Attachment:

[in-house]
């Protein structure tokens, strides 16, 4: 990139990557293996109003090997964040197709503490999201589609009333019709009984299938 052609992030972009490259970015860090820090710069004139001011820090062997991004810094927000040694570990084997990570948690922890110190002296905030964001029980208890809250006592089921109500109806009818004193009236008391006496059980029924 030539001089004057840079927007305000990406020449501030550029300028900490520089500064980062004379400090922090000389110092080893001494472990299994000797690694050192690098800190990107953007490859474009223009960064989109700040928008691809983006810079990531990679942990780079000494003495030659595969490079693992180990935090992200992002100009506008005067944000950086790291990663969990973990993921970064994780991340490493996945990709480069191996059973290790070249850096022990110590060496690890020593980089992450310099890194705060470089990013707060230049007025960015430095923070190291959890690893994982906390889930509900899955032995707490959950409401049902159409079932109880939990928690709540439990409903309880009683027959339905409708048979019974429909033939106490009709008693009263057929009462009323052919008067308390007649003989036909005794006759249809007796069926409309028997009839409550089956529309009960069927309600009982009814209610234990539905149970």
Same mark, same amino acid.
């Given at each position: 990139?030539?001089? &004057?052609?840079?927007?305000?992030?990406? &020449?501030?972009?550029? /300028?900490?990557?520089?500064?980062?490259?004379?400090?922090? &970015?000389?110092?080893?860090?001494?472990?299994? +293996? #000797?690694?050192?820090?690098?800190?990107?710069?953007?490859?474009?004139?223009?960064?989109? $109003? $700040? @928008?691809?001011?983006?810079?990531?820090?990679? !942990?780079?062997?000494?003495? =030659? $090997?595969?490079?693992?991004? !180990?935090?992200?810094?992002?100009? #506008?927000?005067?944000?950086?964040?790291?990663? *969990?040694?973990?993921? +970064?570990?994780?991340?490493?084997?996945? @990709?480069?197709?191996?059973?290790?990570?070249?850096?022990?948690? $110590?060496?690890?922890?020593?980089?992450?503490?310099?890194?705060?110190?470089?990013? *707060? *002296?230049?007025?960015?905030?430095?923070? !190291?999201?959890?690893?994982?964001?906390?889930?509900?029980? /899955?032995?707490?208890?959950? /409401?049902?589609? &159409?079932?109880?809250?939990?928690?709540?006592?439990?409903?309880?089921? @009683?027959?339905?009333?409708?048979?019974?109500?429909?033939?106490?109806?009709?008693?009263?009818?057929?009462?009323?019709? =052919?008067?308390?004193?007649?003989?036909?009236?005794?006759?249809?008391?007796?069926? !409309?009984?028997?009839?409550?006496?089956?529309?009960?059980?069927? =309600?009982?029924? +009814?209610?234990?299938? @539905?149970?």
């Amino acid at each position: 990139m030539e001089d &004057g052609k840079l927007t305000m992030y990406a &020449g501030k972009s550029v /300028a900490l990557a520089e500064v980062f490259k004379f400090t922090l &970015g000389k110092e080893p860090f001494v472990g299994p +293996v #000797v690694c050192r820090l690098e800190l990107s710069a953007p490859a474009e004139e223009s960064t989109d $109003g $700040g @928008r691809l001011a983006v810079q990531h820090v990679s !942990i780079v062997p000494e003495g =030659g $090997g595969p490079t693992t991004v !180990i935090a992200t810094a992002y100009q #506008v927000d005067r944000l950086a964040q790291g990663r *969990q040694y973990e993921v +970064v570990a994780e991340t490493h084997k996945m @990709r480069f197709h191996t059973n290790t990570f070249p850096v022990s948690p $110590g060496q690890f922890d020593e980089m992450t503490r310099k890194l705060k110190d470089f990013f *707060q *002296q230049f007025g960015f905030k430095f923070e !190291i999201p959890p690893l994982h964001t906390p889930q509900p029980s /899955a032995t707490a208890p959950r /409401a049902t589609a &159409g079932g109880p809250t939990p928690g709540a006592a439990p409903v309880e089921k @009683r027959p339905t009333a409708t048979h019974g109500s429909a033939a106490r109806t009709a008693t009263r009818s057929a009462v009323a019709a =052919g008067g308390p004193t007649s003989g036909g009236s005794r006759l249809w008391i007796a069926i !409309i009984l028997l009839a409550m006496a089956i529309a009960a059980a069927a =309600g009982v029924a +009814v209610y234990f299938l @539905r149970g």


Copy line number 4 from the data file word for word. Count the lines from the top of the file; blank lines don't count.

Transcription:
């Given at each position: 990139?030539?001089? &004057?052609?840079?927007?305000?992030?990406? &020449?501030?972009?550029? /300028?900490?990557?520089?500064?980062?490259?004379?400090?922090? &970015?000389?110092?080893?860090?001494?472990?299994? +293996? #000797?690694?050192?820090?690098?800190?990107?710069?953007?490859?474009?004139?223009?960064?989109? $109003? $700040? @928008?691809?001011?983006?810079?990531?820090?990679? !942990?780079?062997?000494?003495? =030659? $090997?595969?490079?693992?991004? !180990?935090?992200?810094?992002?100009? #506008?927000?005067?944000?950086?964040?790291?990663? *969990?040694?973990?993921? +970064?570990?994780?991340?490493?084997?996945? @990709?480069?197709?191996?059973?290790?990570?070249?850096?022990?948690? $110590?060496?690890?922890?020593?980089?992450?503490?310099?890194?705060?110190?470089?990013? *707060? *002296?230049?007025?960015?905030?430095?923070? !190291?999201?959890?690893?994982?964001?906390?889930?509900?029980? /899955?032995?707490?208890?959950? /409401?049902?589609? &159409?079932?109880?809250?939990?928690?709540?006592?439990?409903?309880?089921? @009683?027959?339905?009333?409708?048979?019974?109500?429909?033939?106490?109806?009709?008693?009263?009818?057929?009462?009323?019709? =052919?008067?308390?004193?007649?003989?036909?009236?005794?006759?249809?008391?007796?069926? !409309?009984?028997?009839?409550?006496?089956?529309?009960?059980?069927? =309600?009982?029924? +009814?209610?234990?299938? @539905?149970?």